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affectionate remembrance of a cow to a young lady who had petted it two years before, when a calf. A more curious one may be placed at its side, which Mr. Forbes mentions in his Oriental Memoirs. In a voyage home from Bombay, they brought in the ship a large species of Indian crane, or stork, we forget which. Mr. Forbes used to feed it occasionally, and visit it. A year or two afterwards, he went with a party to see Lord Malmsbury's grounds at Henley. They were shown a sort of menagerie, or aviary. What was the surprise of Mr. Forbes, to see a large bird, struggling, and chattering, and putting its head through the bars, and fluttering with its wings, and endeavouring to get at him. He approached, and recognised at once his fellow-voyager, who, however, was the first to recall the old familiarity to mind. To all other persons he was as shy and timid as those birds usually are. P. 117. With regard to the discovery of toads in trees and blocks of stone, we are inclined to credit the fact, though we know that Sir Joseph Banks disbelieved it to the last, and said that he never met with a well-authenticated account, notwithstanding he had taken infinite trouble. The toad almost embedded in the bark of the tree, is very singular; as in the first place he was not torpid; in the second, would not the growth of the bark and wood have ‘cabin'd, cribb'd, and confin'd? him, as the moving walls of the dungeons of Venice are said to close in on their unhappy inmates ? A toad that is torpid ten years, may be torpid ten centuries without increasing the difficulty. P. 196. “The captain of a vessel picked up a dog at sea, 20 miles from land;”—very curious indeed! An acquaintance of ours, in a homewardbound East Indiaman, about four years since, mentioned that when a hundred miles or more from land, an owl, the brown, flew on board, and was caught and lived with the sailors. P. 208. An old sportsman, who hunted for many years with the Berkeley hounds, has often mentioned a fox which was lost three or four times, always near the same spot. The huntsman suspecting some vulpine trick, set a countryman to watch, and Reynard was seen to jump up the boughs of a GENT. MAG. Vol. I.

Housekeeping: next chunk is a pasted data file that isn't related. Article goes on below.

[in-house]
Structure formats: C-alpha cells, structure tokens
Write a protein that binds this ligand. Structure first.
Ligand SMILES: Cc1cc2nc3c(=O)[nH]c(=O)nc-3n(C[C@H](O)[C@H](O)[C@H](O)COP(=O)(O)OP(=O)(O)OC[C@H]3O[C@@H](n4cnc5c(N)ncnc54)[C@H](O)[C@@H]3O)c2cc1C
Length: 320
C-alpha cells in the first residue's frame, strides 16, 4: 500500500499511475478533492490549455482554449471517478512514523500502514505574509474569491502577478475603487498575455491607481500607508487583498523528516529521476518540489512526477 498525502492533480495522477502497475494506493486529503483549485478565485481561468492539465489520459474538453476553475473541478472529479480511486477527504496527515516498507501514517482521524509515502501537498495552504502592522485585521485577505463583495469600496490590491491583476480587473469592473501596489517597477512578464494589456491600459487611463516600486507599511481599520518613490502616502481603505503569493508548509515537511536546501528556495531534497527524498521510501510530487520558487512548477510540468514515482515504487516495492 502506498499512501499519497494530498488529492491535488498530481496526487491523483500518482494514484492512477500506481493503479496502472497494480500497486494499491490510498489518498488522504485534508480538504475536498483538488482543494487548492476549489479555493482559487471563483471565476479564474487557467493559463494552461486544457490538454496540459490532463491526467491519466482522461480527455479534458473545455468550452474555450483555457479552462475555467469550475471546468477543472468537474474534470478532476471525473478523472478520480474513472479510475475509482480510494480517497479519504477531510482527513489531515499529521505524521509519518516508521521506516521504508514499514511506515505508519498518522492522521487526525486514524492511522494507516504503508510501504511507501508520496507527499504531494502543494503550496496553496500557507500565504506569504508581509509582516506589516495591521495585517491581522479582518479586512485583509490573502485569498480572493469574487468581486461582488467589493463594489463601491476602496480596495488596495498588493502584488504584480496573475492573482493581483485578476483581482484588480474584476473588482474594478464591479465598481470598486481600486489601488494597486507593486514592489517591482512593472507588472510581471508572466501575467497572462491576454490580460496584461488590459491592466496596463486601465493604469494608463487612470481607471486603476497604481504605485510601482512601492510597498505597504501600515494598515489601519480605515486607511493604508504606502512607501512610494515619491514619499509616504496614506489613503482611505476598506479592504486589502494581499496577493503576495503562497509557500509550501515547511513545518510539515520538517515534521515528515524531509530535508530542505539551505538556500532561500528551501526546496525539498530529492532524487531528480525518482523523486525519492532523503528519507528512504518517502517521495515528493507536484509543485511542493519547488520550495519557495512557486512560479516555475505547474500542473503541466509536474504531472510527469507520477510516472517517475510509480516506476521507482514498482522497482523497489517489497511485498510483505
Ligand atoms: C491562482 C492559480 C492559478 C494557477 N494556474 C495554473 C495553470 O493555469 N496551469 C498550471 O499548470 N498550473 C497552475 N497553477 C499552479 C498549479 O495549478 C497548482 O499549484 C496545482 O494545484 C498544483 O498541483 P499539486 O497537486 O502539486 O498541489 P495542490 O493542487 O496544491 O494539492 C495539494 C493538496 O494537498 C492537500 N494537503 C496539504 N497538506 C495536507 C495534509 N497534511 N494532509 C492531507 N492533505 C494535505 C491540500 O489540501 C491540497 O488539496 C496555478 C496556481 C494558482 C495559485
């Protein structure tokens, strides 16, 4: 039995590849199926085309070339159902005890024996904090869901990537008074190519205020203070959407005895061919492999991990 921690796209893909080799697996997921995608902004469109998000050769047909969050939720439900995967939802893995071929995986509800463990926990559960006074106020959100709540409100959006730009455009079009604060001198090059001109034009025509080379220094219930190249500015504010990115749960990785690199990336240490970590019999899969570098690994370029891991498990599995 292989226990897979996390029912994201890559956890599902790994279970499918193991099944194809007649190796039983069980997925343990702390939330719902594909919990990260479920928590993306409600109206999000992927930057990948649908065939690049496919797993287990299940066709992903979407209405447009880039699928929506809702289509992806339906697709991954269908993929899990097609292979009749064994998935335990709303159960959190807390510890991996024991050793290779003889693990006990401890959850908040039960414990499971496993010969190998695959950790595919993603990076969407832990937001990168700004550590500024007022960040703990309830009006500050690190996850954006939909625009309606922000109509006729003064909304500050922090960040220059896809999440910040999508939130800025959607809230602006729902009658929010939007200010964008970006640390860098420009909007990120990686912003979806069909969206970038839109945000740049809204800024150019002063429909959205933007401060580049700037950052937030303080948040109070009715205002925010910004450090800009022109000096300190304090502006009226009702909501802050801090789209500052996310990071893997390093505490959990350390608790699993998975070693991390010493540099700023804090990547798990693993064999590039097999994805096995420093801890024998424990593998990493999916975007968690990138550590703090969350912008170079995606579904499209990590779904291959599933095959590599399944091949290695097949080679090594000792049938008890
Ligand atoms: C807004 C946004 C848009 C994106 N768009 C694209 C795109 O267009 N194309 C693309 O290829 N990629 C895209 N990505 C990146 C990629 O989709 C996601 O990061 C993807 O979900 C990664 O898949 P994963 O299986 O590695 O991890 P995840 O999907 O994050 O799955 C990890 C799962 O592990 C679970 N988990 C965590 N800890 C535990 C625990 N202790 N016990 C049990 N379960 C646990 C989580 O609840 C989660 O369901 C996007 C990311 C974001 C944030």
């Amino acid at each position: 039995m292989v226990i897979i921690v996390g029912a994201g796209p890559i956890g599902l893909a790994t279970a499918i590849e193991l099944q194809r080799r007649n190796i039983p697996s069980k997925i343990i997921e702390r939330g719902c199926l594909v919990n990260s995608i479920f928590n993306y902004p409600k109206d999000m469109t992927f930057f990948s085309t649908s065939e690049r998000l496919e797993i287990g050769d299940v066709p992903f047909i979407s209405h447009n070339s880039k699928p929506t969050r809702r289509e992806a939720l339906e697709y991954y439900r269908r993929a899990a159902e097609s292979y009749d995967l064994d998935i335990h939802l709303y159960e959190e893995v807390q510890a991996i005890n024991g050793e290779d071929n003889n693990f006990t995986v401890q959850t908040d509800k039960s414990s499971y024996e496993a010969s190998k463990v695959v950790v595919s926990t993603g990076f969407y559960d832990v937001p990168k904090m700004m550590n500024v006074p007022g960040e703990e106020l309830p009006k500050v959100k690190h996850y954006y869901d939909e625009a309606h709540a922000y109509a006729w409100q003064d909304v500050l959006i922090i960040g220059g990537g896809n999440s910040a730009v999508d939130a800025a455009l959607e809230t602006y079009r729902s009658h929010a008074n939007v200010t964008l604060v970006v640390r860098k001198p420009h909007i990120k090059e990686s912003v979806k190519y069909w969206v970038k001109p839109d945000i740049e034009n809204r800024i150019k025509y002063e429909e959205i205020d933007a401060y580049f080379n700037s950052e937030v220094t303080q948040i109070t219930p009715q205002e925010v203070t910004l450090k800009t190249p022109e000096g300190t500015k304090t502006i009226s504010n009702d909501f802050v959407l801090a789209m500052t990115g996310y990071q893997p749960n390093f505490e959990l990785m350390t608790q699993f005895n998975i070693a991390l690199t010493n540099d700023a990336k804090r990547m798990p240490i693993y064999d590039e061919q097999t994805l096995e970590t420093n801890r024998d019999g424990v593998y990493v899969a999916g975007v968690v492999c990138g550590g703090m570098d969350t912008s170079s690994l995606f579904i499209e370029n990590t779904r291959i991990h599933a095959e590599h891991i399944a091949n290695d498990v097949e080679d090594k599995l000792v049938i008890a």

beech-tree, and ascend till he found a covert.